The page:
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Stewart, Wald & McCulley recovers $142,600 from the federal government on behalf of 2 landowners in Yelm, Washington.

Press Release - Washington

ST. LOUIS/KANSAS CITY, MO (April 22, 2022) - Stewart, Wald & McCulley, a Missouri litigation law firm specializing in Rails-to-Trails litigation, has recovered $142,600 from the federal government on behalf of 2 landowners as a result of the Yelm-Tenino Trail conversion in the City of Yelm, Thurston County, Washington.

The landowners own land along a 4.57-mile stretch of abandoned railway spanning from the City of Yelm to the City of Roy. The railway is a continuation of the Yelm-Tenino Trail, a rail-trail managed by Thurston County, that currently spans 14 miles from Crowder Rd. and Park Ave. in Tenino to Yelm. In the late 1860’s, the Northern Pacific Railway Company was granted a railroad easement to establish rail service in Yelm and Roy. The line was most recently operated by the City of Yelm, who filed a petition to abandon the line in May 2020 with the intention to extend the Yelm-Tenino Trail.

On May 5, 2020, the City of Yelm officially requested to use the defunct railroad corridor for a recreational trail.  The Surface Transportation Board approved the project under the National Trails System Act (“Trails Act”) and issued a Notice of Interim Trail Use on July 8, 2020. The Trails Act permits the conversion of abandoned railroad corridors into nature and hiking trails, which simultaneously preserves the right of way for possible future railroad use, a federal process known as railbanking. The process prevents the land burdened by the railroad easement from reverting to the adjoining landowners, and gives the trail sponsor a new easement, thereby blocking the rights of the landowners to regain their property within the corridor.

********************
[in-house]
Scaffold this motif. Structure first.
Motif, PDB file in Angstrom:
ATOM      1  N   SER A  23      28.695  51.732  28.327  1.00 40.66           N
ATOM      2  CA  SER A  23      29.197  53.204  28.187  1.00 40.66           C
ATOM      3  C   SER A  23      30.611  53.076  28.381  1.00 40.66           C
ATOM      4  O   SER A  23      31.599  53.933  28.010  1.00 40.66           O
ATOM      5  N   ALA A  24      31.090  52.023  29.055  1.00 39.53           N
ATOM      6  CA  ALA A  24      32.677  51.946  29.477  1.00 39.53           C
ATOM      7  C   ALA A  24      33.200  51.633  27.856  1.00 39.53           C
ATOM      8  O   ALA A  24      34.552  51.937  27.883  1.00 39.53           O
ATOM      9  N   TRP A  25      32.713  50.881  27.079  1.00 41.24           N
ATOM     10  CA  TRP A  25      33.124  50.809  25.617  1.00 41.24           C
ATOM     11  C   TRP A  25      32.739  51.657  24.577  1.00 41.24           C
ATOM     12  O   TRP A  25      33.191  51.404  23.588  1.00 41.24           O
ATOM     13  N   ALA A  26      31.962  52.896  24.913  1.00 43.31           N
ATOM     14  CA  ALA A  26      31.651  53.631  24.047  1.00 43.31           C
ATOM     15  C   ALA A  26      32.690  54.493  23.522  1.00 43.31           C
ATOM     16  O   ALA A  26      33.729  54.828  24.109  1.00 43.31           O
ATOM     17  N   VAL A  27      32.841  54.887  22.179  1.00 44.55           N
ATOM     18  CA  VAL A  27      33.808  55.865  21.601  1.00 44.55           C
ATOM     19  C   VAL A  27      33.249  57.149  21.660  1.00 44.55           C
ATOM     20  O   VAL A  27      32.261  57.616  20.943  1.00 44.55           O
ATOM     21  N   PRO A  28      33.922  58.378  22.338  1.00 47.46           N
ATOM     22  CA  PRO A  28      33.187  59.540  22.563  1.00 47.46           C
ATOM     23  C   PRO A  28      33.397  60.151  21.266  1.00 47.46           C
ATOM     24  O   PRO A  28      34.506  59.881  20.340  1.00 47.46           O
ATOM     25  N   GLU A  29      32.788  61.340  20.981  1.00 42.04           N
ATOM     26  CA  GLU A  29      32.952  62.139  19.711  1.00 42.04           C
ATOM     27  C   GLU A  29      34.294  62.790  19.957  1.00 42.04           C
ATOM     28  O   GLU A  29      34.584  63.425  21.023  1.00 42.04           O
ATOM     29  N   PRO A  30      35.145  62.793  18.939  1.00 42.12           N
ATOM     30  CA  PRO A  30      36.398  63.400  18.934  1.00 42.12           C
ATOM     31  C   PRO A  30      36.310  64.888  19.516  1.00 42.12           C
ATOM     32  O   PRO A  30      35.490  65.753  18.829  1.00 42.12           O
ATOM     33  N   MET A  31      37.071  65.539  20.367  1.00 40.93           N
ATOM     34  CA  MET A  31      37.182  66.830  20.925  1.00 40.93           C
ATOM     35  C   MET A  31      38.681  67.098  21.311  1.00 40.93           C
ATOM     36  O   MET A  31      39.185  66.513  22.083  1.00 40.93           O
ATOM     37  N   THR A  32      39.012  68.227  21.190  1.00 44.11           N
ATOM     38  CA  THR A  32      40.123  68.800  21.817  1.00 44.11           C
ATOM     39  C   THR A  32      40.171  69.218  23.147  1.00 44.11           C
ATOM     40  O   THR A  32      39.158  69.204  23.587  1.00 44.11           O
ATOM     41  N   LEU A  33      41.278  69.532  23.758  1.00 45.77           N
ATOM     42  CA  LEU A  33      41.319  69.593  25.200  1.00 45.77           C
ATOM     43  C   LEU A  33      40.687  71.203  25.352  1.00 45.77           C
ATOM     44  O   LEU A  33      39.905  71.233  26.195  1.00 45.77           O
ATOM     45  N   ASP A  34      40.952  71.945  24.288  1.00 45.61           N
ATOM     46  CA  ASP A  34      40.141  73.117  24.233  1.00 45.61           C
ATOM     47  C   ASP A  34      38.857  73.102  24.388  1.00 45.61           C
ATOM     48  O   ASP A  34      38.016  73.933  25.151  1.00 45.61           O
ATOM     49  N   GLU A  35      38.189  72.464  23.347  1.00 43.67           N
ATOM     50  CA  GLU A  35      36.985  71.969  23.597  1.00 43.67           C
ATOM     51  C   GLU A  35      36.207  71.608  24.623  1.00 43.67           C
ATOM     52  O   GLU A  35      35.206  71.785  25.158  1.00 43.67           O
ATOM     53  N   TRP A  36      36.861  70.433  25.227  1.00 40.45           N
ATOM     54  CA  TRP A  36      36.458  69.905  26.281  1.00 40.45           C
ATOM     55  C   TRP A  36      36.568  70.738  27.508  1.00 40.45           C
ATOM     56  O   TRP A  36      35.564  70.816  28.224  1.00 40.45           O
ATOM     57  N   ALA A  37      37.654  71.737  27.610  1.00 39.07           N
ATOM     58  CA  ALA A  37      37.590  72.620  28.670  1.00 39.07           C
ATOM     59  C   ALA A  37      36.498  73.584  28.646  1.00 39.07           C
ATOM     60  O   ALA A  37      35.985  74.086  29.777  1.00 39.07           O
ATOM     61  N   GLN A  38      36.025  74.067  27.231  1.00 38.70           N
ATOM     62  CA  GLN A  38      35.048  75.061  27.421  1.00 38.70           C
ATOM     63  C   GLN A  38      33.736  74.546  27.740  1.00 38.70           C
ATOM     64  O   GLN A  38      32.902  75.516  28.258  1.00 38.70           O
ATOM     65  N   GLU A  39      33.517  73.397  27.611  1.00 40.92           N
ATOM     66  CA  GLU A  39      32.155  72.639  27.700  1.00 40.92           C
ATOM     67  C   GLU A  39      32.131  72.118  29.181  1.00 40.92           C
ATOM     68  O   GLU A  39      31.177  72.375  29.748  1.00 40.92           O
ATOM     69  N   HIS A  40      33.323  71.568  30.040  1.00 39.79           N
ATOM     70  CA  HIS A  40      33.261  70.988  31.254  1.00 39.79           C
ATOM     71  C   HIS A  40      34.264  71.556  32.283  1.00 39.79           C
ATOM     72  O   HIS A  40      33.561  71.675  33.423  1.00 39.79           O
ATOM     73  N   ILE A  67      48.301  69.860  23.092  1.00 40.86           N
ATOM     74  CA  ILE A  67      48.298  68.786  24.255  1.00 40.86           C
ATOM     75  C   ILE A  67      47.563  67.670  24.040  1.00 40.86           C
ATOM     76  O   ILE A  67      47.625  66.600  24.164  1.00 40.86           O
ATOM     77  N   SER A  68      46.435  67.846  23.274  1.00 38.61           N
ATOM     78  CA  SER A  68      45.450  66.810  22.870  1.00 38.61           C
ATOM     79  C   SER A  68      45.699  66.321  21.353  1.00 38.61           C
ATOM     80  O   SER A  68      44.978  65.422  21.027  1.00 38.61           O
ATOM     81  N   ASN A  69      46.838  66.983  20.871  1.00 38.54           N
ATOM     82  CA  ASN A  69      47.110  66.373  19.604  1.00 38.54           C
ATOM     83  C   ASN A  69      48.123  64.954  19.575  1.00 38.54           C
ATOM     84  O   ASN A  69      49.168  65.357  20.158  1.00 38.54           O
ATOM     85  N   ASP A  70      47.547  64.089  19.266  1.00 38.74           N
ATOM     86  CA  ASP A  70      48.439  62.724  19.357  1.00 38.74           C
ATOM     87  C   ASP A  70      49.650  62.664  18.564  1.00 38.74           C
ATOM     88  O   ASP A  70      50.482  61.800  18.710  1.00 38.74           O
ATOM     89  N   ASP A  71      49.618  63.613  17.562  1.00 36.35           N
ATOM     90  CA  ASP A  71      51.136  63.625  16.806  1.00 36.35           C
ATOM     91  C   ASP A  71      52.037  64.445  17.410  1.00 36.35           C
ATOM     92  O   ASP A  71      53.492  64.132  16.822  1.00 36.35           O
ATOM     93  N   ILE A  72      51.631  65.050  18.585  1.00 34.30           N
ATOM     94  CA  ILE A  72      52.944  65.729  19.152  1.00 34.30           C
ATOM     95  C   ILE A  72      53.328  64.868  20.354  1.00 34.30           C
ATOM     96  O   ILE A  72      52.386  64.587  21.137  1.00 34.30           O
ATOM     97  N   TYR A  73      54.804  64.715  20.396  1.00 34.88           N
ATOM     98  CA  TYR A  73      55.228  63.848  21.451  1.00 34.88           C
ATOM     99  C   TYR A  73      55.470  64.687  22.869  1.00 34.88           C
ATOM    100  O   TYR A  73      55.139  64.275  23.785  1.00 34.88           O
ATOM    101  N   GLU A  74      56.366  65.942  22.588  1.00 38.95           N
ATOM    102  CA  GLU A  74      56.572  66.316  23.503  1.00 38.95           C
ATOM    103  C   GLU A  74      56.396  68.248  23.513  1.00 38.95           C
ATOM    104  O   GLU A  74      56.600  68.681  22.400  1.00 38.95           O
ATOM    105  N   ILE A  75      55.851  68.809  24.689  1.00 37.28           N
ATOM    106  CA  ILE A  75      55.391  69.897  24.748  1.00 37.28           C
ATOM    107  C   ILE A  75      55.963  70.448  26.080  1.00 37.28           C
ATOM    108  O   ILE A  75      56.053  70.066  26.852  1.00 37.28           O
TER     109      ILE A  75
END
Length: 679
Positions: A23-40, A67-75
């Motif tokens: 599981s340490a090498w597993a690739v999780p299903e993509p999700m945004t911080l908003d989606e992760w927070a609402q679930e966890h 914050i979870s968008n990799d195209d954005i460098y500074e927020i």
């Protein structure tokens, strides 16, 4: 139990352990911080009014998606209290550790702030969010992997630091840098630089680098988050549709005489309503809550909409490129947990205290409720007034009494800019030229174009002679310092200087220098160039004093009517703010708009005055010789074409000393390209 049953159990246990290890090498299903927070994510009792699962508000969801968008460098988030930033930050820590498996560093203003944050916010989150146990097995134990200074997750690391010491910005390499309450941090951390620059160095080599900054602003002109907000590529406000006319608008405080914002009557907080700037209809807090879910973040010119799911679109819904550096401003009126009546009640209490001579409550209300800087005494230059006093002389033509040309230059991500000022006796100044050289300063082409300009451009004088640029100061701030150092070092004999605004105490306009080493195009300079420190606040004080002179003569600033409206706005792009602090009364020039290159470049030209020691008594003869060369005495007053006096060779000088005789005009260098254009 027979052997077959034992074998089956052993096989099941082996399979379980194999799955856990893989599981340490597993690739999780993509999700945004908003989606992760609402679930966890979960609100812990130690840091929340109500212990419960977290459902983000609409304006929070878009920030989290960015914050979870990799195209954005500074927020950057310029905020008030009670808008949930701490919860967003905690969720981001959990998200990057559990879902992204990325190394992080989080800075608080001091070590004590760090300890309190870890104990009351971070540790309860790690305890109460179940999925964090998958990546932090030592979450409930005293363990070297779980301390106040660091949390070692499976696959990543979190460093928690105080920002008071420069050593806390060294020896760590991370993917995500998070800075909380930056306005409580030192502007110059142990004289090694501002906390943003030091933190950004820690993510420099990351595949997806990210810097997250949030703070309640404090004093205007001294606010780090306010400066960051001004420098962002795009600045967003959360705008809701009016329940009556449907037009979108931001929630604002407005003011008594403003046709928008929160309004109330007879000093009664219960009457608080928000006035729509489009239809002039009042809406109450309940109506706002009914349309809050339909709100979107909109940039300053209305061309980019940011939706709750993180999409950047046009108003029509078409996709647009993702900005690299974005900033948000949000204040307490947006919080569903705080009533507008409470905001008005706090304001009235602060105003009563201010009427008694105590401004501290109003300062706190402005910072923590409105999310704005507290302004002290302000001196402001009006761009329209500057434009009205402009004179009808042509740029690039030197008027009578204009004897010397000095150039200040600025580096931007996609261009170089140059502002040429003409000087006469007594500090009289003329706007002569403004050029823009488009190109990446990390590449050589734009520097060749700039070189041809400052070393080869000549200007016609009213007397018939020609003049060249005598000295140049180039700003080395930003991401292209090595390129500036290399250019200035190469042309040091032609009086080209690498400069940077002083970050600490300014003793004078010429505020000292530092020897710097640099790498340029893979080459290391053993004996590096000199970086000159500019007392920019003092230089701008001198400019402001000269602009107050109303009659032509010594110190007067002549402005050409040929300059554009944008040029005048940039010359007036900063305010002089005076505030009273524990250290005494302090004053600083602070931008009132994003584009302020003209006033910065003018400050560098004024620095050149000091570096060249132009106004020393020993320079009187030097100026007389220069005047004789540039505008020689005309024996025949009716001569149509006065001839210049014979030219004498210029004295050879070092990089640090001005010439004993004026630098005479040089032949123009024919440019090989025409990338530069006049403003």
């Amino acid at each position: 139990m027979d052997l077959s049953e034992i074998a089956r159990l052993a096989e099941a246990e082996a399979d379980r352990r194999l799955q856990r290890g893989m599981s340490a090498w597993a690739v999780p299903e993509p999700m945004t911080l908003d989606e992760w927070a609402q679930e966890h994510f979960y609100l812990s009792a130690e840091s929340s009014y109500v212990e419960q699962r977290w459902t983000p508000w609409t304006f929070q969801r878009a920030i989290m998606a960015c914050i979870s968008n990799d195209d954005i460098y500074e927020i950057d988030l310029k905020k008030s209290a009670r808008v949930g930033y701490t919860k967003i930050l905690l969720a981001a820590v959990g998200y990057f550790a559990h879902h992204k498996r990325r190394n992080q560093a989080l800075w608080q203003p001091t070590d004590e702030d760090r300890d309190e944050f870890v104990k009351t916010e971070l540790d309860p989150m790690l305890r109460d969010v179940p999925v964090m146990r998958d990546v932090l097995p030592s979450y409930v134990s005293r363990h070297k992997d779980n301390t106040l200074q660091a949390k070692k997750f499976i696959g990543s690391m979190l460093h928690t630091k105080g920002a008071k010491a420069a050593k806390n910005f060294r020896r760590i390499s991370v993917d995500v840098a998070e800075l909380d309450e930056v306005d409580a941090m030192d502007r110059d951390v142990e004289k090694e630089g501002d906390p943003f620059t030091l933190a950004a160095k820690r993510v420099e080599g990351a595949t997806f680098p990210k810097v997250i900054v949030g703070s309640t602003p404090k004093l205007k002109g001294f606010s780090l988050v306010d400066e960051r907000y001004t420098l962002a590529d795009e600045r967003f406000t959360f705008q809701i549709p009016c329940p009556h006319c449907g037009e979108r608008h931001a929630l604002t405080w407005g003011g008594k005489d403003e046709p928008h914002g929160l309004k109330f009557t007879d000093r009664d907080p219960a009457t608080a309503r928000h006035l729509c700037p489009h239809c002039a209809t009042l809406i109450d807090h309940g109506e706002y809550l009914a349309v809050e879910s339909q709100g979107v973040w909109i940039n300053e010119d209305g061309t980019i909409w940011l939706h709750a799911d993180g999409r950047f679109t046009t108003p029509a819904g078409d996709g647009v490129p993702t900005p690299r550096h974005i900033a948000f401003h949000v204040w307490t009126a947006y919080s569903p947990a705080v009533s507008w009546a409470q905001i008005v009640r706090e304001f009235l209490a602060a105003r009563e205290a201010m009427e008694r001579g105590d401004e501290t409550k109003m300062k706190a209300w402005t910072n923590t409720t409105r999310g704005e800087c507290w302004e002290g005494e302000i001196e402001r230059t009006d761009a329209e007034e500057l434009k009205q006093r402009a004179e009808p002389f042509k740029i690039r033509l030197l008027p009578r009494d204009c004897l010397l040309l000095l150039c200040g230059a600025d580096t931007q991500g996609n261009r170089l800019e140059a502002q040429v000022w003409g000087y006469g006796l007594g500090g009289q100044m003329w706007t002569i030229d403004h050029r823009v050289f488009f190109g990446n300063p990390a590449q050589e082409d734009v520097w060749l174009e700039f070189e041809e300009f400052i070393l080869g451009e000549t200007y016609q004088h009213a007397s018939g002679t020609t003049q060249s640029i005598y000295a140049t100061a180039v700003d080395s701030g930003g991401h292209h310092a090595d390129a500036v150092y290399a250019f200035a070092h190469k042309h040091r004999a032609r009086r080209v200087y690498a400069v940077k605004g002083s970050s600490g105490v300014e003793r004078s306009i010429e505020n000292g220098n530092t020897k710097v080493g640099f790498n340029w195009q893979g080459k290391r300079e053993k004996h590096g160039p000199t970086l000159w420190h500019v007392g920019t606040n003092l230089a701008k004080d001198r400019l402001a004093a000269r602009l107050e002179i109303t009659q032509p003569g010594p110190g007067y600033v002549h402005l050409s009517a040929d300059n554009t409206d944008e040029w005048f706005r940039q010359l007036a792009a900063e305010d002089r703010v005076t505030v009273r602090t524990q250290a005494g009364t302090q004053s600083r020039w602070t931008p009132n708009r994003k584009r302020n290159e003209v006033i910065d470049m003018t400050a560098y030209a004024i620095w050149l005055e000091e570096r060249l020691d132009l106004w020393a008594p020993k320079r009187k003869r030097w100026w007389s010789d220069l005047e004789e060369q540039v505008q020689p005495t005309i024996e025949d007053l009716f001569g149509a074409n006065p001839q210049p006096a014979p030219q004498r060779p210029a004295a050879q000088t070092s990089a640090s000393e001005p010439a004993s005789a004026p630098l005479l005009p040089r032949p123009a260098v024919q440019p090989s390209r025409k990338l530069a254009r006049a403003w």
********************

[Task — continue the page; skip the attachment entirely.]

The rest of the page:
Stewart, Wald & McCulley filed the lawsuit in the United States Court of Federal Claims on July 16, 2020. In November 2020, the lawsuit was amended to add an additional landowner. A settlement was eventually reached, and the two landowners received their compensation from the federal government in April 2022.   

Because of their success, Stewart, Wald & McCulley has filed a subsequent lawsuit bringing additional Trails Act claims for another 17 landowners who were not part of the 2020 litigation. Attorney Michael J. Smith states “Adjacent landowners to the Yelm-Tenino Trail between the City of Yelm and the City of Roy who have not obtained representation are encouraged to contact Stewart, Wald & McCulley to pursue their claims. We have identified numerous parcels along the trail whose owners could potentially be due compensation under the Trails Act.”

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